Kingston, Ontario is a very attractive town at the eastern end of Lake Ontario – birthplace of Bryan Adams and of the first Canadian Idol winner, Ryan Malcolm! The interest in a series of master classes from Christopher Norton (er, me…) was such that classes commenced on the Thursday night, followed by a very full day on the Friday. The organiser of this event was Debbie Beckman (http://www.myc.com/teacher/DBeckman) a young and extremely well organised teacher who is part of the Music for Young Children organisation (www.myc.com) MYC hosted very successful events for me in Canada in 2008.
Behind Debbie you can see her husband and three (of her four) delightful children.
Master classes are basically piano lessons done in public – students first choose a piece of mine – from Microjazz (lots of performances of Stairway!), from the Connections series (www.christophernortonconnections.com) and from American Popular Piano (www.NVmusicgroup.com) I listen to the student’s performance and then, as appropriate, make suggestions, sometimes technical, sometimes musical, to make their performance more assured, to make them feel more relaxed when they play in public and to suggest ways to make the style of the piece sound more “authentic”. Parents are in the audience (as well as teachers) and I try to incorporate them in various ways during the master class. For example, if a student is struggling to keep a steady beat, I will get the audience to provide a simplified drum beat, using feet and hands (they love this!) If a student isn’t phrasing a melody properly, I may get the audience to sing the melody back to me correctly phrased. These devices prove very effective as ways to make the student listen to what they are playing and to really feel the beat. I might get a student to clap a beat for me while I play the piece and then I clap for them while they play. In all sorts of ways, an immediate improvement in the performance of their piece can be heard by the audience, but more significantly, an overall improvement in listening and playing can also be seen and heard. I generally get the student to play the piece again once we have worked on aspects that need attention and I often jam along. One eight year old boy stopped playing when I joined in and said (loudly enough for the audience to hear) “what are you doing?!”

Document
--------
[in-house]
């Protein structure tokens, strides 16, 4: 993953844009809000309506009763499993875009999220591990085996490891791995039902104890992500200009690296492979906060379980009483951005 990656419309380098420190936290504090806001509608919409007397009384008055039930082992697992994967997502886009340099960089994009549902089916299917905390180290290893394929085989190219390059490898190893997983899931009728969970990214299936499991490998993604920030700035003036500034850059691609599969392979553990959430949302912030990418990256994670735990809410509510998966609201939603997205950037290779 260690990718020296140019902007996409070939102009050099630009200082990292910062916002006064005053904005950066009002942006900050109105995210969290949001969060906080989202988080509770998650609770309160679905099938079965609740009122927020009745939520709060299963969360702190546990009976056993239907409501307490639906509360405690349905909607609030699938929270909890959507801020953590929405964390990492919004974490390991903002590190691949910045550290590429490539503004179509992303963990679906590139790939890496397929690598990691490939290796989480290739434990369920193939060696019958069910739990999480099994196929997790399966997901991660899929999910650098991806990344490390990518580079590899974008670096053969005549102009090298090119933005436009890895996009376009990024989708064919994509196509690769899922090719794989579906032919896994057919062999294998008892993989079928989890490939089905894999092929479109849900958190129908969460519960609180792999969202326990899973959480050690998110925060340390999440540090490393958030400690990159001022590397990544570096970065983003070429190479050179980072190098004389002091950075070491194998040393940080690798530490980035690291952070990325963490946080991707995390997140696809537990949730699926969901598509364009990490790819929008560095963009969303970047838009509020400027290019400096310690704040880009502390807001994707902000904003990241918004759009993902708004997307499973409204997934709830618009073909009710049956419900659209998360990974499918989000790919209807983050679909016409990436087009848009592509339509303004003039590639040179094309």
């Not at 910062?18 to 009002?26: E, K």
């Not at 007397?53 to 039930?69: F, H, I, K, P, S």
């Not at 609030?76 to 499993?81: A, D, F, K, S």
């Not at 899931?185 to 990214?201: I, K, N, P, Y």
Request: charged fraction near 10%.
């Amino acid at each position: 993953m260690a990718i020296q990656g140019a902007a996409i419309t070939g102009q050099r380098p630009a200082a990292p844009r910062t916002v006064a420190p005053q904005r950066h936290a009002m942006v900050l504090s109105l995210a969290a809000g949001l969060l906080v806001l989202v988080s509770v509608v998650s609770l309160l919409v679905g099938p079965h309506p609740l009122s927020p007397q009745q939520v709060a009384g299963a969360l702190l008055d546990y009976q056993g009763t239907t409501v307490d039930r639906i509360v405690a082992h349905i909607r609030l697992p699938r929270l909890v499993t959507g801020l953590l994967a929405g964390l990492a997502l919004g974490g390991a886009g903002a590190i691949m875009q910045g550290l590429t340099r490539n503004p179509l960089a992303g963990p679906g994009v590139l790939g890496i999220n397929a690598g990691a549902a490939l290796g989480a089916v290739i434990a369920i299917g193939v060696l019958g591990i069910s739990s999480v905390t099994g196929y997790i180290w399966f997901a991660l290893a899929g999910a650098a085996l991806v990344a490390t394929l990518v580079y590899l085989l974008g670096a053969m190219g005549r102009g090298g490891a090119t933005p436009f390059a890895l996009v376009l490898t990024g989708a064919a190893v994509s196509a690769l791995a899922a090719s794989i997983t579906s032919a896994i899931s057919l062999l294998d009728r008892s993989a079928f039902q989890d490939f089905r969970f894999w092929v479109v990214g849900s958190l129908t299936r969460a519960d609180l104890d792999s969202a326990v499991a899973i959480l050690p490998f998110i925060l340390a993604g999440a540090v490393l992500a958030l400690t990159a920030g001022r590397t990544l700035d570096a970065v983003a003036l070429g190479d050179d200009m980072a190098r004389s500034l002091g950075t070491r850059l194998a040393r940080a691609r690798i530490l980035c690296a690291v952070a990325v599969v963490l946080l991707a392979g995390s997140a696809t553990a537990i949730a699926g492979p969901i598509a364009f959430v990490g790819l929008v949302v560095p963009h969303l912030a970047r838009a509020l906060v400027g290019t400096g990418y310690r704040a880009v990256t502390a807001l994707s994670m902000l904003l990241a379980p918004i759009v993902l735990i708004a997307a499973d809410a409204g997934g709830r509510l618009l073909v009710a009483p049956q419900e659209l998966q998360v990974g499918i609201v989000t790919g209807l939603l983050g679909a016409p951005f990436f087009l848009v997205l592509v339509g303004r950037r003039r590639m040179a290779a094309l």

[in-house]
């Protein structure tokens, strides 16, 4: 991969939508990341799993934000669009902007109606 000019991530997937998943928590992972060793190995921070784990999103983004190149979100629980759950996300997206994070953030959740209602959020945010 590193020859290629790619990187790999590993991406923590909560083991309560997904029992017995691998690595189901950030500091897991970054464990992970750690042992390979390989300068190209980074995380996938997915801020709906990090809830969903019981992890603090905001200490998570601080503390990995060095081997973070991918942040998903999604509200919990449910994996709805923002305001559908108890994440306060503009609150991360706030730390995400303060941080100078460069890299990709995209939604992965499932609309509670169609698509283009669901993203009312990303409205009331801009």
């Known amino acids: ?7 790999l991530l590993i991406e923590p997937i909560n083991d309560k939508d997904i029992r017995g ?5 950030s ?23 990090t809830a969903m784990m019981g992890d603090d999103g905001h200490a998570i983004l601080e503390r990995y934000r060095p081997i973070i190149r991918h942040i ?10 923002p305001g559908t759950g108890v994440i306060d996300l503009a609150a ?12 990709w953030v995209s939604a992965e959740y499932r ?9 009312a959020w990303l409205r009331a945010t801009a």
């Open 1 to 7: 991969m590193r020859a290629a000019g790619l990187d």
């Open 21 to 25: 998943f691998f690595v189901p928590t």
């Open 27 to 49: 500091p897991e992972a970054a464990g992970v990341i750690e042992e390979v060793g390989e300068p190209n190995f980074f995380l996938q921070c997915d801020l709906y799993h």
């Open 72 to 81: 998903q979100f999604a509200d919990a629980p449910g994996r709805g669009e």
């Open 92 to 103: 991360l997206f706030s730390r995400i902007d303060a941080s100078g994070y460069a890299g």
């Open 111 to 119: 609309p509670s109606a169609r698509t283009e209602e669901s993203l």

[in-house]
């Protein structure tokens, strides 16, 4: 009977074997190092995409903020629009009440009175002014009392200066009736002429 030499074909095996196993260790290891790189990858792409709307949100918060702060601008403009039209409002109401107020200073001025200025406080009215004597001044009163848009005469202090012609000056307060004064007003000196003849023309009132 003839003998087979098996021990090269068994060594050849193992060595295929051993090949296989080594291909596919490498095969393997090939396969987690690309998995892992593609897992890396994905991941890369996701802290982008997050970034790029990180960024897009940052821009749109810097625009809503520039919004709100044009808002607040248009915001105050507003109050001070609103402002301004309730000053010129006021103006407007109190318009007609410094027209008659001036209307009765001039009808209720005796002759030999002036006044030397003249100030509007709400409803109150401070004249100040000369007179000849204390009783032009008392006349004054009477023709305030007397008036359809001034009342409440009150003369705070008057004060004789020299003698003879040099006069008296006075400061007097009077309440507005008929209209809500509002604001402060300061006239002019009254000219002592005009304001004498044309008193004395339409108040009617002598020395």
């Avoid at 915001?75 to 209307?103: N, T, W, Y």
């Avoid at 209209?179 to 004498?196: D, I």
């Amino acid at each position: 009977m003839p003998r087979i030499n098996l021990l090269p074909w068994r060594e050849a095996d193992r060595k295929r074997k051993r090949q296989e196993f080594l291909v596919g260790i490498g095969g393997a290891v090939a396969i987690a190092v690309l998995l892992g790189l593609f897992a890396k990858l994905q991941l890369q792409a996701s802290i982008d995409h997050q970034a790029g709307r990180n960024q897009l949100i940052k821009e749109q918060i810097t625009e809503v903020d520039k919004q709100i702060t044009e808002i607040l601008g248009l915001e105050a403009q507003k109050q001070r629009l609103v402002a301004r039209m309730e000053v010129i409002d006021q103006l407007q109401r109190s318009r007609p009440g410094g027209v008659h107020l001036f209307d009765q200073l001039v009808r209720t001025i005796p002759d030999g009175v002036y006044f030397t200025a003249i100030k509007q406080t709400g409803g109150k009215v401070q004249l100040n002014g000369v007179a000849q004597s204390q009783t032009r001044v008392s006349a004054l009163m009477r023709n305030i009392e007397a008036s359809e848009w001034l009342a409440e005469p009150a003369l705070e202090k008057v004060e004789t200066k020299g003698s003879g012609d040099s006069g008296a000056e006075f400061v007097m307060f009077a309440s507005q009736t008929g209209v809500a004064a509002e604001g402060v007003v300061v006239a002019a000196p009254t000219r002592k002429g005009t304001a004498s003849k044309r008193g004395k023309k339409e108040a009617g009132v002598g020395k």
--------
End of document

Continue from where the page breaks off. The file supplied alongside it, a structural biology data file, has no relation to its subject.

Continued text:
At 4 pm on the Friday, there was a one hour improvisation session with teachers – this featured some simple (and fun) improvisation on Intercity Stomp (from Microjazz) and some easy-to-follow improvisation using American Popular Piano Preparatory Level and Level 1. The teachers found it all stimulating and thought it would be easy to apply back in their teaching studios.
During the day, I selected students who I thought had played particularly well (or even students who have improved significantly during the master classes) and we included these students in the evening Gala Concert. Parents (and grandparents) came to this and the Gala Concerts always take on a life of their own. The performers have been looking forward to playing to a much bigger audience and the audience are in turn swept along by the precision, enthusiasm and brio of the young performers. I play as well – pieces form the upper Levels of American Popular Piano, from Connections 7 and 8 and from Rock Preludes and Latin Preludes - and the combined effect is that piano playing is there to be enjoyed and shared. The Gala is a wonderful summing up of the day’s activities and it is by turns moving, breathtaking and even amusing. Some performers finish with a knowing look at me or the audience, realising that their performance has really hit the mark.